Aims: We sought to determine whether the incidence of and survival following congestive heart failure (CHF) in patients with atrial fibrillation (AF) have changed over time. Methods and results: Olmsted County, Minnesota residents diagnosed with first AF during 1980-2000 were identified and followed in medical records to 2004. The trends of incidence and survival of CHF over time were assessed. Of the 3288 subjects (mean age 71 ± 15 years) diagnosed with first AF and without CHF prior to or at AF diagnosis, 790 (24%) developed a first CHF during a mean follow-up of 6.1 ± 5.2 years (unadjusted incidence, 44 per 1000 person years). Age- and sex-adjusted CHF incidence was unrelated to calendar year of AF diagnosis (P = 0.86). The age- and sex-adjusted mortality risk following CHF was higher than that in patients without CHF (hazard ratio 3.4, 95% confidence interval 3.1-3.8, P < 0.0001). There were no detectable changes over time with respect to the absolute (P = 0.94) or the relative (P = 0.68) mortality risk after CHF diagnosis. Conclusion: In this study spanning two decades, there appeared to have been no significant reduction in terms of the incidence and mortality risk of CHF following first AF diagnosis.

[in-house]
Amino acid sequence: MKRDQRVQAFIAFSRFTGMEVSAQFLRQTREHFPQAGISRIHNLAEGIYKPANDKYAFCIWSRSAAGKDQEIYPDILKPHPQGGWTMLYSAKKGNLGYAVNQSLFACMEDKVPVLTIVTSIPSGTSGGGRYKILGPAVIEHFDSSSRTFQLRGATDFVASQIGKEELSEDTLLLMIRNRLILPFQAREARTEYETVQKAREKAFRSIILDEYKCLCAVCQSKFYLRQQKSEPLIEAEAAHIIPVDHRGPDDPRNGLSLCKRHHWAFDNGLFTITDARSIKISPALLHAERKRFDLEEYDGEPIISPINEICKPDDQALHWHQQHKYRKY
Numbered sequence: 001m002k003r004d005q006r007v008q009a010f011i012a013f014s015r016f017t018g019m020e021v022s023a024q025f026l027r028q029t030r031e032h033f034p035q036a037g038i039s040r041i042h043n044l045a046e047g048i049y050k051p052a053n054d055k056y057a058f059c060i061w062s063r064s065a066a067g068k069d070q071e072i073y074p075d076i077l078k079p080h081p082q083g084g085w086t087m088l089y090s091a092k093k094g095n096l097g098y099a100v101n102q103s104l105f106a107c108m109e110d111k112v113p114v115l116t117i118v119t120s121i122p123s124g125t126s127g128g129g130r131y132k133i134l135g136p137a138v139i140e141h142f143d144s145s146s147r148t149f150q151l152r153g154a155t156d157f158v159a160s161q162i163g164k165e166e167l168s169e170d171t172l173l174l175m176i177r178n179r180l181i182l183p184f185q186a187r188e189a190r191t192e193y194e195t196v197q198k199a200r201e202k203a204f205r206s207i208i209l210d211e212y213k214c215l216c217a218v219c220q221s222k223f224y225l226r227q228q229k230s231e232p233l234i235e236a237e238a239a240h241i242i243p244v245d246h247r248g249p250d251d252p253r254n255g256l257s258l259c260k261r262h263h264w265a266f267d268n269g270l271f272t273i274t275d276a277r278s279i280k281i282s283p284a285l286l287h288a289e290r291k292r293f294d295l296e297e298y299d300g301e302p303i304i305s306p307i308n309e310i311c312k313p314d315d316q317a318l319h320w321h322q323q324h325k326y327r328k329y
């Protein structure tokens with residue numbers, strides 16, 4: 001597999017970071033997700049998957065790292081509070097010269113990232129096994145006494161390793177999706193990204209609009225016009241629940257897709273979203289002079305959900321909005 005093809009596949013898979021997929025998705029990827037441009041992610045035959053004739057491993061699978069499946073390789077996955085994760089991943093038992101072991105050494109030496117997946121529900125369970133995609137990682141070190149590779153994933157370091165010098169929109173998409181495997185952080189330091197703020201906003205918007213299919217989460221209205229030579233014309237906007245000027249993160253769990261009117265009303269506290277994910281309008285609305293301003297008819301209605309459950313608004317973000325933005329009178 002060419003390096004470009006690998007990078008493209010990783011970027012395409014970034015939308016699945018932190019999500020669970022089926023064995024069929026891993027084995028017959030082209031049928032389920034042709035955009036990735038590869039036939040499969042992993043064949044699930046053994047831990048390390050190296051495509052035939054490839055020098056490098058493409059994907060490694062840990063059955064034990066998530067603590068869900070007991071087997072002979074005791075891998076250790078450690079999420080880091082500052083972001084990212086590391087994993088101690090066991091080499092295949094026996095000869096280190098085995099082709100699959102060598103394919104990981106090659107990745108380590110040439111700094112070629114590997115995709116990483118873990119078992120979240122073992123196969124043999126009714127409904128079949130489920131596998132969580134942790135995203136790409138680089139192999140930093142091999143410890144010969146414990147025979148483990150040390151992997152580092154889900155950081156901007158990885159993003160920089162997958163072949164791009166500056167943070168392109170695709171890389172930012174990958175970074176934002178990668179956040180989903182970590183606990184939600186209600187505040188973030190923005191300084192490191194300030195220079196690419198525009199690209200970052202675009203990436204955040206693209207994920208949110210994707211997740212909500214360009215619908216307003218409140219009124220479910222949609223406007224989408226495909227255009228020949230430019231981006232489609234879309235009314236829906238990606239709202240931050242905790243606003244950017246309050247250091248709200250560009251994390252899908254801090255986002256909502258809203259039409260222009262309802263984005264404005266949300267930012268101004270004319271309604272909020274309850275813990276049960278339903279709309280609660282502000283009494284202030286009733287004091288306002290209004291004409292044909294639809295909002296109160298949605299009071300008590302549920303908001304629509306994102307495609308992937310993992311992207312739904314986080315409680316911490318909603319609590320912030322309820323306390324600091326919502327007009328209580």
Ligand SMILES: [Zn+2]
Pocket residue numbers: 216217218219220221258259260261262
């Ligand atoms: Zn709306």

- Atrial fibrillation
- Heart failure
ASJC Scopus subject areas
- Cardiology and Cardiovascular Medicine